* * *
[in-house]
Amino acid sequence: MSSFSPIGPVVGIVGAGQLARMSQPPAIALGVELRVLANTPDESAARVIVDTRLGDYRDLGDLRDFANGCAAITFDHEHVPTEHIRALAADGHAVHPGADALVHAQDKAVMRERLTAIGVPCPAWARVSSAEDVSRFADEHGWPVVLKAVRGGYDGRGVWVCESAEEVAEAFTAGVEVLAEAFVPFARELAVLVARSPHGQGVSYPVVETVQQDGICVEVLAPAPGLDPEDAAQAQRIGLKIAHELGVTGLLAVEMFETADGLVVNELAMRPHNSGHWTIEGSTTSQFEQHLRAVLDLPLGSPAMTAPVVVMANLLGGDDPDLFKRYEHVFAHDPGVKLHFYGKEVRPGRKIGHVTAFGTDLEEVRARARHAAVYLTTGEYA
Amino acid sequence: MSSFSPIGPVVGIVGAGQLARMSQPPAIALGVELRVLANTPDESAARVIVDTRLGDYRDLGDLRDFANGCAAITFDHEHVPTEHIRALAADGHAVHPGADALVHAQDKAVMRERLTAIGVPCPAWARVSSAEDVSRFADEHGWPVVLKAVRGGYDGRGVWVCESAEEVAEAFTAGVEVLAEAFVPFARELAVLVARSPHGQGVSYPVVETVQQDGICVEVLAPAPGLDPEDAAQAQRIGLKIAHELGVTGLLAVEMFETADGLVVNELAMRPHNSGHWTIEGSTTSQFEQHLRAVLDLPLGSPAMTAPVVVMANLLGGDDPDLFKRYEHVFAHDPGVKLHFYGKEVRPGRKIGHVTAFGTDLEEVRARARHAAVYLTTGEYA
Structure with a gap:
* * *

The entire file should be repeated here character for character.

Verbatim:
[in-house]
Amino acid sequence: MSSFSPIGPVVGIVGAGQLARMSQPPAIALGVELRVLANTPDESAARVIVDTRLGDYRDLGDLRDFANGCAAITFDHEHVPTEHIRALAADGHAVHPGADALVHAQDKAVMRERLTAIGVPCPAWARVSSAEDVSRFADEHGWPVVLKAVRGGYDGRGVWVCESAEEVAEAFTAGVEVLAEAFVPFARELAVLVARSPHGQGVSYPVVETVQQDGICVEVLAPAPGLDPEDAAQAQRIGLKIAHELGVTGLLAVEMFETADGLVVNELAMRPHNSGHWTIEGSTTSQFEQHLRAVLDLPLGSPAMTAPVVVMANLLGGDDPDLFKRYEHVFAHDPGVKLHFYGKEVRPGRKIGHVTAFGTDLEEVRARARHAAVYLTTGEYA
Amino acid sequence: MSSFSPIGPVVGIVGAGQLARMSQPPAIALGVELRVLANTPDESAARVIVDTRLGDYRDLGDLRDFANGCAAITFDHEHVPTEHIRALAADGHAVHPGADALVHAQDKAVMRERLTAIGVPCPAWARVSSAEDVSRFADEHGWPVVLKAVRGGYDGRGVWVCESAEEVAEAFTAGVEVLAEAFVPFARELAVLVARSPHGQGVSYPVVETVQQDGICVEVLAPAPGLDPEDAAQAQRIGLKIAHELGVTGLLAVEMFETADGLVVNELAMRPHNSGHWTIEGSTTSQFEQHLRAVLDLPLGSPAMTAPVVVMANLLGGDDPDLFKRYEHVFAHDPGVKLHFYGKEVRPGRKIGHVTAFGTDLEEVRARARHAAVYLTTGEYA
Structure with a gap: